Roger Scott Nichols (September 22, 1944 – April 9, 2011) was an American recording engineer, producer and inventor. Nichols was best known for his work with the group Steely Dan and John Denver, but he was the audio engineer for numerous major music acts including the Beach Boys, Stevie Wonder, Frank Zappa, Crosby Stills & Nash, Al Di Meola, Roy Orbison, Cass Elliot, Plácido Domingo, Gloria Estefan, Diana Ross, Bela Fleck & the Flecktones, Rickie Lee Jones, Kenny Loggins, Mark Knopfler, Eddie Murphy, Michael McDonald, James Taylor, and Toots Thielemans, among others. In 2006 Nichols' work was formally recognized by The Recording Academy (Grammys) Producers and Engineers Wing, and Nichols was posthumously awarded a Special Merit/Technical Grammy Award on February 11, 2012, his eighth overall.
In May 2010 Nichols was diagnosed with stage 4 pancreatic cancer. He died from the disease at his home, surrounded by his family, on April 9, 2011. In his subsequent New York Times obituary, Nichols was referred to in the headline as an 'Artist Among Sound Engineers'.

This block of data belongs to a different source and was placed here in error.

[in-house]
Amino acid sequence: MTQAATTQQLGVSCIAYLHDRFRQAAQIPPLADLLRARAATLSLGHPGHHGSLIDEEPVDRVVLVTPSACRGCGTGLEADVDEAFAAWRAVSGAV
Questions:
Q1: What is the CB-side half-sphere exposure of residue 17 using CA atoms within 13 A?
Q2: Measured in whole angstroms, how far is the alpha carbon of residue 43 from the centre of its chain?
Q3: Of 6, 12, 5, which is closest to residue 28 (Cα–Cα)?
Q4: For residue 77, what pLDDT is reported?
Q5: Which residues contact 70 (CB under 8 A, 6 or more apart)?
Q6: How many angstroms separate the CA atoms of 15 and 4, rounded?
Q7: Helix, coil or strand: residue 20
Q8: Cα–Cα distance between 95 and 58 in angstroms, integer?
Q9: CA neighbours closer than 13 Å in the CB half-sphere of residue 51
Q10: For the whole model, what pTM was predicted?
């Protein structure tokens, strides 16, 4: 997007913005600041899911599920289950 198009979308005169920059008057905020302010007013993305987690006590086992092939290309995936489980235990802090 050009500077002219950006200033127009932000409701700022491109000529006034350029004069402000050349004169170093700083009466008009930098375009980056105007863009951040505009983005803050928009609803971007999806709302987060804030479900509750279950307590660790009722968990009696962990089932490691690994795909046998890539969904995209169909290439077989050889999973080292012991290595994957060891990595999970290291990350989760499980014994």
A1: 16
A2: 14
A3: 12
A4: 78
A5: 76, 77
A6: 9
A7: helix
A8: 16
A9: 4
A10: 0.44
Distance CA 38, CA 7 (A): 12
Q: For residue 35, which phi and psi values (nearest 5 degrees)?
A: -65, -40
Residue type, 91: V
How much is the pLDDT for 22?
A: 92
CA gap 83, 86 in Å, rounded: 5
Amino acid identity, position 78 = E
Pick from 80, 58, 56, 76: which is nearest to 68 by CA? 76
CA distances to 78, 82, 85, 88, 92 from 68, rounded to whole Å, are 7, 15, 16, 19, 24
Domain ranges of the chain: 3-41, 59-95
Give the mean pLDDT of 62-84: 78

In 1978, Nichols pioneered the technique of "digital drum replacement" by inventing the Wendel sampling computer, which was used to provide some of the drum and percussion sounds on Steely Dan's album, Gaucho, notably the song "Hey Nineteen". This technology is now commonplace in music production around the world. He invented and produced a rubidium nuclear clock under his company name Digital Atomics. The purpose of the clock was to provide the accuracy of nuclear timekeeping to better synchronize digital recording equipment in the studio, but at a lower cost than the typical cesium clocks such as those used in military and aviation applications.
Roger Nichols was a columnist for many years at EQ, a professional audio magazine. Roger was also a guest lecturer for the Berklee School of Music, University of Miami, and Recording Workshop. Nichols was an airplane pilot, and was close friends and flying buddies with singer/songwriter John Denver. Nichols engineered and produced albums for Denver over a nearly twenty-year period, including the 1998 children's train album titled All Aboard which earned Denver his first Grammy awarded posthumously. Nichols was on his way to California to fly with Denver in his new experimental Long-EZ plane when he learned of the crash in which Denver was killed.
Foundational text courtesy of Wikipedia.
Roger and, his wife, Connie in Studio. Circa 1988.
The Florida Chapter of the Recording Academy7® honor producers and engineers Wing Luminary Roger Nichols.
Roger Nichols, hard at work, in the Studio, circa 1970s.
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